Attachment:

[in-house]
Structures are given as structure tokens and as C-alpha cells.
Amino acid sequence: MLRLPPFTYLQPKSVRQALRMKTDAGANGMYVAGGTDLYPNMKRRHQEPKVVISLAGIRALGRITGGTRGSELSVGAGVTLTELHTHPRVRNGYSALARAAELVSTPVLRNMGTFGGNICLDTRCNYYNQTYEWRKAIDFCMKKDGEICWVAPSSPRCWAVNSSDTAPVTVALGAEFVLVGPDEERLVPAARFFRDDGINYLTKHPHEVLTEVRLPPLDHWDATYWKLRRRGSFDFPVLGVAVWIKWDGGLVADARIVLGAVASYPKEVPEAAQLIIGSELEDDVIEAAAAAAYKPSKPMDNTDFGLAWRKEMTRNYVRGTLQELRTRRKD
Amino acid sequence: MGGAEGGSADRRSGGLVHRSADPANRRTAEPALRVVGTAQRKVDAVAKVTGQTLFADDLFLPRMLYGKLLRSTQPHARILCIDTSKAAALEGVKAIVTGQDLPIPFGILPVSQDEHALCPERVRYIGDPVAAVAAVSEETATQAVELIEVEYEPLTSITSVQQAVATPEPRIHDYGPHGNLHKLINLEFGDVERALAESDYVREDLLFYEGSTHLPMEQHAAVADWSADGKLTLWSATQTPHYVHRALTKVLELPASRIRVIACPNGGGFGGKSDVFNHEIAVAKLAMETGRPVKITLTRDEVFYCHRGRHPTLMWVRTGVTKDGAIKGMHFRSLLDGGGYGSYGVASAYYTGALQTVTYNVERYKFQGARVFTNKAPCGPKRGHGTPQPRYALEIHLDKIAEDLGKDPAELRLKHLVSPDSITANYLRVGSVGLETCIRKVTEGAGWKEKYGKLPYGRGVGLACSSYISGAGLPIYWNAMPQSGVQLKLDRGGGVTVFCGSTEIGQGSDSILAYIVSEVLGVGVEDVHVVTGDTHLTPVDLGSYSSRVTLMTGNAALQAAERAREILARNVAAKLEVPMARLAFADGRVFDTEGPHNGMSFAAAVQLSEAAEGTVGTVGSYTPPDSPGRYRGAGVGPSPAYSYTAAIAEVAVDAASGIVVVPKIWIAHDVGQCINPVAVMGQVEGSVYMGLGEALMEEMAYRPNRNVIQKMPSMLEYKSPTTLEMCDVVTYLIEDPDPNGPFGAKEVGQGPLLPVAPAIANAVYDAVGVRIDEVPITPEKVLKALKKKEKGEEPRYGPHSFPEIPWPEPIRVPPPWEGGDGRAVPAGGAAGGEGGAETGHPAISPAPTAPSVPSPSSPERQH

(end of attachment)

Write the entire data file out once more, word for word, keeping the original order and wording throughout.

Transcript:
[in-house]
Structures are given as structure tokens and as C-alpha cells.
Amino acid sequence: MLRLPPFTYLQPKSVRQALRMKTDAGANGMYVAGGTDLYPNMKRRHQEPKVVISLAGIRALGRITGGTRGSELSVGAGVTLTELHTHPRVRNGYSALARAAELVSTPVLRNMGTFGGNICLDTRCNYYNQTYEWRKAIDFCMKKDGEICWVAPSSPRCWAVNSSDTAPVTVALGAEFVLVGPDEERLVPAARFFRDDGINYLTKHPHEVLTEVRLPPLDHWDATYWKLRRRGSFDFPVLGVAVWIKWDGGLVADARIVLGAVASYPKEVPEAAQLIIGSELEDDVIEAAAAAAYKPSKPMDNTDFGLAWRKEMTRNYVRGTLQELRTRRKD
Amino acid sequence: MGGAEGGSADRRSGGLVHRSADPANRRTAEPALRVVGTAQRKVDAVAKVTGQTLFADDLFLPRMLYGKLLRSTQPHARILCIDTSKAAALEGVKAIVTGQDLPIPFGILPVSQDEHALCPERVRYIGDPVAAVAAVSEETATQAVELIEVEYEPLTSITSVQQAVATPEPRIHDYGPHGNLHKLINLEFGDVERALAESDYVREDLLFYEGSTHLPMEQHAAVADWSADGKLTLWSATQTPHYVHRALTKVLELPASRIRVIACPNGGGFGGKSDVFNHEIAVAKLAMETGRPVKITLTRDEVFYCHRGRHPTLMWVRTGVTKDGAIKGMHFRSLLDGGGYGSYGVASAYYTGALQTVTYNVERYKFQGARVFTNKAPCGPKRGHGTPQPRYALEIHLDKIAEDLGKDPAELRLKHLVSPDSITANYLRVGSVGLETCIRKVTEGAGWKEKYGKLPYGRGVGLACSSYISGAGLPIYWNAMPQSGVQLKLDRGGGVTVFCGSTEIGQGSDSILAYIVSEVLGVGVEDVHVVTGDTHLTPVDLGSYSSRVTLMTGNAALQAAERAREILARNVAAKLEVPMARLAFADGRVFDTEGPHNGMSFAAAVQLSEAAEGTVGTVGSYTPPDSPGRYRGAGVGPSPAYSYTAAIAEVAVDAASGIVVVPKIWIAHDVGQCINPVAVMGQVEGSVYMGLGEALMEEMAYRPNRNVIQKMPSMLEYKSPTTLEMCDVVTYLIEDPDPNGPFGAKEVGQGPLLPVAPAIANAVYDAVGVRIDEVPITPEKVLKALKKKEKGEEPRYGPHSFPEIPWPEPIRVPPPWEGGDGRAVPAGGAAGGEGGAETGHPAISPAPTAPSVPSPSSPERQH